The Line


First, just to touch upon the question Kyle about where ISWHAT?! lies (“Said differently, does hip-hop/jazz fusion get its own wing in the Hip-Hop Hall of Fame or the Jazz Hall of Fame?”) The fact the question has been raised as to whether something is hip hop (or jazz in this case) suggests, to me at least, that hip hop has extended beyond its once, clearly defined territory. Hip hop is no longer separate; some insoluble sound sitting at the bottom of the musical world (as some may have wanted it to stay). It has been absorbed into the worlds of jazz, rock & roll, pop, alternative, etc. While it once may have been considered by some a phase that would pass (whoops), hip hop has grown from the fruit at the top of the musical tree, and now has it’s own branches stretching from it.

Kyle will tell you that I often make quick judgments when I hear something, particularly when that something is displeasing. But I love hip hop and this blurring of boundaries is a positive sign for the music. I think this is especially true in cases like ISWHAT?! I interpret it as contemporary hip hop looking down its own ancestral tree and respecting the history; realizing that where it came from what a pretty damn dope place. And who can argue when you hear a modern beat built around a sample from a trumpeter in 1955? It’s interesting that on The Life We Chose, Napolean dedicates a lot of his effort around poking holes in hip hop, specifically the cookie-cutting that Kyle mentioned. It’s paradoxical – here you have an emcee bringing light to the circus (more on that in a minute) that is hip hop, yet at the same time, proving that hip hop is strong, artistic, individualistic…despite the “tamin’ & trainin'” that goes on. ISWHAT?!’s embrace of hip hop’s past, jazz (even, as Napolean explains, signing to the same label that Thelonious Monk was on), reminds me that hip hop is legit.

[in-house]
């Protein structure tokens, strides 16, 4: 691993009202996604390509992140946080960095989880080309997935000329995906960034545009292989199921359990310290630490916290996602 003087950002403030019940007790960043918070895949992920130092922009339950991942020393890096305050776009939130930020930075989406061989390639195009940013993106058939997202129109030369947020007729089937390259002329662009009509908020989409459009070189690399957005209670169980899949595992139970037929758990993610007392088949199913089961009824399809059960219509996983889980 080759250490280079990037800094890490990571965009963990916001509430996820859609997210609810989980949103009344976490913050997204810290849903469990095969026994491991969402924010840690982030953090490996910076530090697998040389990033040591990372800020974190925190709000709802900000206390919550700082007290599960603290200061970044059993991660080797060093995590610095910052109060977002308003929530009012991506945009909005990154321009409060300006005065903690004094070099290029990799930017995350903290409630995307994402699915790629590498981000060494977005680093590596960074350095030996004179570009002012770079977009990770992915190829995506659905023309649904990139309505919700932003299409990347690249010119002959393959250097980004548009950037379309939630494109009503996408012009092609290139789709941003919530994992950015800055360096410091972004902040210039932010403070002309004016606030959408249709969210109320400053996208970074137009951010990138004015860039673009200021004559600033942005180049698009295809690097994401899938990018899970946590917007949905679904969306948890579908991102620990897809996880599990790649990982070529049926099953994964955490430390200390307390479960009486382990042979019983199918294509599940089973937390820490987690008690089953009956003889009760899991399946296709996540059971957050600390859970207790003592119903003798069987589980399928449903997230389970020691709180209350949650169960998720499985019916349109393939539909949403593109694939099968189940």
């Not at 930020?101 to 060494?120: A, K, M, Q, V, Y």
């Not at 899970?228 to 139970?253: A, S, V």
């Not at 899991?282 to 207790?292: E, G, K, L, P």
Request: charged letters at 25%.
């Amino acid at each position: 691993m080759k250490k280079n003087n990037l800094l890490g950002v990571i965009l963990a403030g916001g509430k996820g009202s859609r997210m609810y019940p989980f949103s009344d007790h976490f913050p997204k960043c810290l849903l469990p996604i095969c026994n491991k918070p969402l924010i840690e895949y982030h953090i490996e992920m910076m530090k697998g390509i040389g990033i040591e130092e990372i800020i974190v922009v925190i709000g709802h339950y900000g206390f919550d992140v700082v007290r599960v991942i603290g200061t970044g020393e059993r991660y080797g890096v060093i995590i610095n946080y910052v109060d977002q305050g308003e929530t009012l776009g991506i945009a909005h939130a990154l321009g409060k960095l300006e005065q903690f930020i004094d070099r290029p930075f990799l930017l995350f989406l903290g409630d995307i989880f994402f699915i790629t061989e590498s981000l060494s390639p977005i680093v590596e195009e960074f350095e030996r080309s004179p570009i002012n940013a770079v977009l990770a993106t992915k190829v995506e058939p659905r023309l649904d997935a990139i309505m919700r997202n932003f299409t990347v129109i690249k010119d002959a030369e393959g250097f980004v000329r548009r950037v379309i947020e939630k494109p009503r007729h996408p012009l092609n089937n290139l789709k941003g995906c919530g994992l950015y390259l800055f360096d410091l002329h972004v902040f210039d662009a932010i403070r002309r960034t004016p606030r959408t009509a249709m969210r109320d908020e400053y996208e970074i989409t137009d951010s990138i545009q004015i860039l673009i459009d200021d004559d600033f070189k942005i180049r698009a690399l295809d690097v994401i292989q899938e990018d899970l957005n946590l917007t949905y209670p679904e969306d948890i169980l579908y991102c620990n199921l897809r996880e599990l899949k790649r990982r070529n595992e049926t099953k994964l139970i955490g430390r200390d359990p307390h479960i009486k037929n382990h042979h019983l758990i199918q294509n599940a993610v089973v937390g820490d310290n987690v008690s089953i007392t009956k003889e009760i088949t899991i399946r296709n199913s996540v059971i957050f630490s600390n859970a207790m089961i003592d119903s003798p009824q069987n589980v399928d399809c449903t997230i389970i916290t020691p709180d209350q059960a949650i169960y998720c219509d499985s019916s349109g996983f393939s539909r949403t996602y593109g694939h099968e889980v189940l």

At any rate, that brings me to “Circus.” Kyle and I have exchanged a few remarks on the track, particularly the hysterical woman (presumably a mother who has lost her son) that dominates nearly the entire second half of the track. Upon first listen, I couldn’t help focusing on the her crying. My initial reaction was, “ugh, studio acting…” Simultaneously, I was disturbed. It was awful listening to this woman wail about the loss of her son.

ISWHAT?! – “Circus” (iTunes)

I interpret two messages of “Circus.” First, similar to “Writer’s Block,” it works as a commentary on hip hop, likening it to a circus (of course):

“We full of popcorn and pop videos trainin’/
Cotton candy radio to keep the wack maintainin’”

However, Napolean attempts to reach further than hip hop, and infiltrate communities:

“How the hood is self-hatin’ with blatant disrespect/
The world turns and the planet laughs/
And the grown man slips on a banana that’s been left in his path”

Napolean elevates the imagery beyond that of hip hop simply being a circus.

But the most profound imagery is yet to come:

“At a loss for words, no, I’m at edge/
Emotionally disturbed, cause I’m seein’ the lion
Bein’ teased while I’m takin’ a seat on the curb
He roars but it won’t stop the tamin’ and trainin’”

Is he still talking about hip hop? Is he talking about something more sociological in scope?

And then wham…a gun shot, and a woman wailing. I’m rethinking her loss. You?

Musically, the soundscape of “Circus” aligns well with the message(s). I think the bass is most dominant. It sounds foreboding at one moment, and the next, it sounds as if it’s counting down to some unforeseen tragedy…perhaps the “banana in the path”?



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